3. The Emperor (47 pages) A timid bank manager, Mr Murgatroyd, wins a competition held by his bank (the Midland) and, along with lucky winners from other branches, goes on a once-in-a-lifetime holiday to Mauritius. His wife Edna accompanies him, a fat, pink-fleshed, blue-rinsed, nagging monster. Despite her constant abuse, Murgatroyd begins to unwind and enjoy the warm weather, the swimming in the warm sea, the young people in their gaily coloured outfits.

A few days into the week, he is buttonholed by a colleague who says a group of Americans who’ve paid for a deep sea fishing trip have pulled out and it’s on offer at half price. Eventually, ‘Murgatroyd from the Midland’ is persuaded to go.

The tone then significantly changes as Forsyth goes into technical mode, describing in clear, effective prose the whole process of going game fishing in a hired boat – from a description of the battered boat, through the wizened old captain, ‘Monsieur Patient’, who’s done this all his life, his grandson Jean-Paul who is the ship’s boy, and the lean South African, Andre Kilian, who is along to coach Murgatroyd and his colleague.

The description of the successive catches and hauling in of fairly small fish is told with documentary accuracy, typically thorough Forsyth and very enjoyable for readers who like factual accounts of technical processes. But these pages are just the prelude to the core of the story, which is that Murgatroyd, by complete luck, hooks a notorious marlin known to all the local fisherman, the twenty-foot-long monster they call ‘The Emperor’.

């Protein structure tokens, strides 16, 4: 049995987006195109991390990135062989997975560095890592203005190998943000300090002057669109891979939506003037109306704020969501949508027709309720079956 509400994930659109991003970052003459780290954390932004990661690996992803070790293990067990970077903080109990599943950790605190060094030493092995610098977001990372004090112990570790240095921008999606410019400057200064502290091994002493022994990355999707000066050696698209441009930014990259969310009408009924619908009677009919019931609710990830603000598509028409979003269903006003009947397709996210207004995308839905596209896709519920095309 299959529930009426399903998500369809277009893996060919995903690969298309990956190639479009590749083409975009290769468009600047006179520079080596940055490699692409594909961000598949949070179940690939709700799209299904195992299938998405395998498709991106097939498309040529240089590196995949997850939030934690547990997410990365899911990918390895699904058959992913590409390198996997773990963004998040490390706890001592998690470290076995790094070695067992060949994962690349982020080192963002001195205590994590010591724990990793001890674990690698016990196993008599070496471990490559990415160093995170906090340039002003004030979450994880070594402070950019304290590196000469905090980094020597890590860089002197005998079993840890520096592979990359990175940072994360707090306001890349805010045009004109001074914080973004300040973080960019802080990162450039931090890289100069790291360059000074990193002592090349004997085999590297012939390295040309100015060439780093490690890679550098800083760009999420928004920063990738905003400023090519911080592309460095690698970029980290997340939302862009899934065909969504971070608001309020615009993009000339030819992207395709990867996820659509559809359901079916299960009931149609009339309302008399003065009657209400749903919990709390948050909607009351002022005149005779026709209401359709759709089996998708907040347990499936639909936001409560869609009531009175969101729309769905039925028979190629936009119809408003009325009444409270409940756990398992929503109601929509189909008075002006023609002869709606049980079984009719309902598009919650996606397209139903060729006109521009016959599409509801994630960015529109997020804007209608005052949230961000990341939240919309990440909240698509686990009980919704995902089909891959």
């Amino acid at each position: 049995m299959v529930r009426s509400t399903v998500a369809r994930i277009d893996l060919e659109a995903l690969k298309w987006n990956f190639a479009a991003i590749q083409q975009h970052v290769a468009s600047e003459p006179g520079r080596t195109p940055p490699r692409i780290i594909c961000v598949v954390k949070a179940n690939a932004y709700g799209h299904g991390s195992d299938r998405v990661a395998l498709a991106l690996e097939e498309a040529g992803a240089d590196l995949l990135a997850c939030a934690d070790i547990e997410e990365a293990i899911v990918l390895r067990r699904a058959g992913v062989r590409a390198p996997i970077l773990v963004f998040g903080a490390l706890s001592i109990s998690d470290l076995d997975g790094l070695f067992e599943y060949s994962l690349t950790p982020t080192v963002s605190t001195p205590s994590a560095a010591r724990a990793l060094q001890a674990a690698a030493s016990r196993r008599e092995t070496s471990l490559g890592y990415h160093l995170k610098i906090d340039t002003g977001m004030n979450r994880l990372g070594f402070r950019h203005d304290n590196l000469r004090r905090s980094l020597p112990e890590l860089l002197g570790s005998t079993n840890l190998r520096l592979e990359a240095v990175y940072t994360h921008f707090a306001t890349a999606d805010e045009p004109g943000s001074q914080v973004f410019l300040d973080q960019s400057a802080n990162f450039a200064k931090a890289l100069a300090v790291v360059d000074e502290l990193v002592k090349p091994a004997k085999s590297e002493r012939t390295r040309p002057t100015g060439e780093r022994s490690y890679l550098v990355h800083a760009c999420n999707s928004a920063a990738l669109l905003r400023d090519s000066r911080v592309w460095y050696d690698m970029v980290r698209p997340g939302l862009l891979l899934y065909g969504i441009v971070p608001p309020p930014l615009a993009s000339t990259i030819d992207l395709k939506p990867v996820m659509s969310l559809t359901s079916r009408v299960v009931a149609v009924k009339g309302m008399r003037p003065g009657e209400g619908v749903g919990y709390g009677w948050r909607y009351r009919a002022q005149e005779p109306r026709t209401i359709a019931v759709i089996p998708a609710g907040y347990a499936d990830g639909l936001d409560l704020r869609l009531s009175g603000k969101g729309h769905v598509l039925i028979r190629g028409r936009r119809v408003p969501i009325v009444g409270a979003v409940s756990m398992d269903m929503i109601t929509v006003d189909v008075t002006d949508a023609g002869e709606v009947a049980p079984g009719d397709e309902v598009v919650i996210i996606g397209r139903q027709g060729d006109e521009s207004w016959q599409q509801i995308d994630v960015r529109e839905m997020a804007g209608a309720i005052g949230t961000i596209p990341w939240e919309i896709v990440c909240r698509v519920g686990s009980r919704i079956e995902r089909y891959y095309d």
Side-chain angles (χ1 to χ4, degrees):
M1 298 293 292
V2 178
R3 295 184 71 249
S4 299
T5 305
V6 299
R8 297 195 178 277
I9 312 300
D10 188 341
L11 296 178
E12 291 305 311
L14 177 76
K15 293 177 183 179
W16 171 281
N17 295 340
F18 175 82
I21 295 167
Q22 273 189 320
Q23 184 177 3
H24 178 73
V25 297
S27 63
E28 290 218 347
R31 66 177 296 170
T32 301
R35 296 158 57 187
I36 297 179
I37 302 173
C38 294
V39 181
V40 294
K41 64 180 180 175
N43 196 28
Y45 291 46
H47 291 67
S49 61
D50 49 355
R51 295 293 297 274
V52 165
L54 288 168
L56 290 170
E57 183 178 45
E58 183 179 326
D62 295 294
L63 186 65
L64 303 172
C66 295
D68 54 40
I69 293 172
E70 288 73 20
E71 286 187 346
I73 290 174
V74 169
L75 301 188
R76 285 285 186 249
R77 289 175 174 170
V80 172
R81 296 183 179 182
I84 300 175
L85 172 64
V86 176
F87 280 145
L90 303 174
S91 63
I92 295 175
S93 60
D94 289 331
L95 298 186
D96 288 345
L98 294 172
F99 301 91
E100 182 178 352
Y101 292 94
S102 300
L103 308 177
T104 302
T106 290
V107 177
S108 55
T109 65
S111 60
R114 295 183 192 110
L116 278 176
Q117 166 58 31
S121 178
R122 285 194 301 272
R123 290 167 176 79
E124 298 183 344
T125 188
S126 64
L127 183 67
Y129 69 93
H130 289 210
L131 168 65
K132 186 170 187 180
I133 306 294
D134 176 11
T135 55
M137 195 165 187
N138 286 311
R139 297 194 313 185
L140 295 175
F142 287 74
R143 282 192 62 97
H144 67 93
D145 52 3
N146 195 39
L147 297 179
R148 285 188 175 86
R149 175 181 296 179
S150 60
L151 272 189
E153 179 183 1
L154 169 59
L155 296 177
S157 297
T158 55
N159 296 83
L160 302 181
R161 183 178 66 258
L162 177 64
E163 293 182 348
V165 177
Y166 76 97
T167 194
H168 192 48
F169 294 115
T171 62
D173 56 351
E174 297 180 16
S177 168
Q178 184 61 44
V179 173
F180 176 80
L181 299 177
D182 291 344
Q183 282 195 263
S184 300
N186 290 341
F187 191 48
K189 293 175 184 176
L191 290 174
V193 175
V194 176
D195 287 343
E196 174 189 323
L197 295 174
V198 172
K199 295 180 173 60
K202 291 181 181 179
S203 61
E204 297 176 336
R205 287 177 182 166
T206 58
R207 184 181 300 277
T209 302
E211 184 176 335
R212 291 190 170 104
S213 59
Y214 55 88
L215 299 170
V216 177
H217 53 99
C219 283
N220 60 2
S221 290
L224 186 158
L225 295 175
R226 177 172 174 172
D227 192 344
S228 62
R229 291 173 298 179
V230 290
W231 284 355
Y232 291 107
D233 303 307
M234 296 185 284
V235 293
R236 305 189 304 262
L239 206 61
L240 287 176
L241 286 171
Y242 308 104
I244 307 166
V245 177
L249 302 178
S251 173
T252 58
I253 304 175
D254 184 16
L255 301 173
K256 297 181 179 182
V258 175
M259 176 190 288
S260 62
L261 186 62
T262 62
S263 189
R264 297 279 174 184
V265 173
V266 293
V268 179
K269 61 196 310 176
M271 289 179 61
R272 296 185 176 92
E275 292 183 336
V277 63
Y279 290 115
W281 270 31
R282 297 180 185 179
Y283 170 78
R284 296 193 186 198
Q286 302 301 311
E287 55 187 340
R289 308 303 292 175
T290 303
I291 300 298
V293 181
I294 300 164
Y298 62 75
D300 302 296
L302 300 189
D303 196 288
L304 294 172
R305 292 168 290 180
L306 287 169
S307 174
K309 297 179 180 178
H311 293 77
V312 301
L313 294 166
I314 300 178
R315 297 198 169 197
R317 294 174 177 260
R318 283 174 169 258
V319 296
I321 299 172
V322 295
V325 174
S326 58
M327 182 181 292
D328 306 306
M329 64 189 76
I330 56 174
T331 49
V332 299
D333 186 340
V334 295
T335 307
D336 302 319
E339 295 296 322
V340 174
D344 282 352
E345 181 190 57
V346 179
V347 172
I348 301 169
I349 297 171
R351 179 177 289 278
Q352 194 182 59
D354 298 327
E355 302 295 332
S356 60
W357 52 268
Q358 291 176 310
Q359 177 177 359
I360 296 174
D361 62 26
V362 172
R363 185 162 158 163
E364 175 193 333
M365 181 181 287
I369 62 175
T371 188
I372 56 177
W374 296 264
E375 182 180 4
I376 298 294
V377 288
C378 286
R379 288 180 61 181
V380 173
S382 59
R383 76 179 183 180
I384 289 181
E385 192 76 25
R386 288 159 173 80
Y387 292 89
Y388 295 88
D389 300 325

There then follows an extremely compelling description of the gruelling endurance test as Murgatroyd, strapped into the ‘fighting chair’, expends every ounce of his strength for seven and a half hours, becoming badly sunburned, his hands developing blisters which burst then bleed, his lips cracking and bleeding, tearing muscles in his shoulder, wringing himself to the uttermost, as he wrestles and reels in the monster on the end of the line.

Finally, as the marlin gives up and allows itself to be reeled in, Murgatroyd, barely capable of walking, frees himself from the ‘fighting chair’, collapses forward onto the stern where the South African and the boy are handling the metal rods caught in the marlin’s mouth, with a view to tying him to the boat before they head back to the harbour – Murgatroyd leans over them and, with a pair of wire cutters, cuts the fish free, to make a last bound on the wave and disappear into the depths.

There is an immense power in Forsyth’s description of the struggle, and a clichéd but effective dignity in the action of this modest suburban man thrown into a completely unexpected situation, who rises to it with unexpected strength and dignity.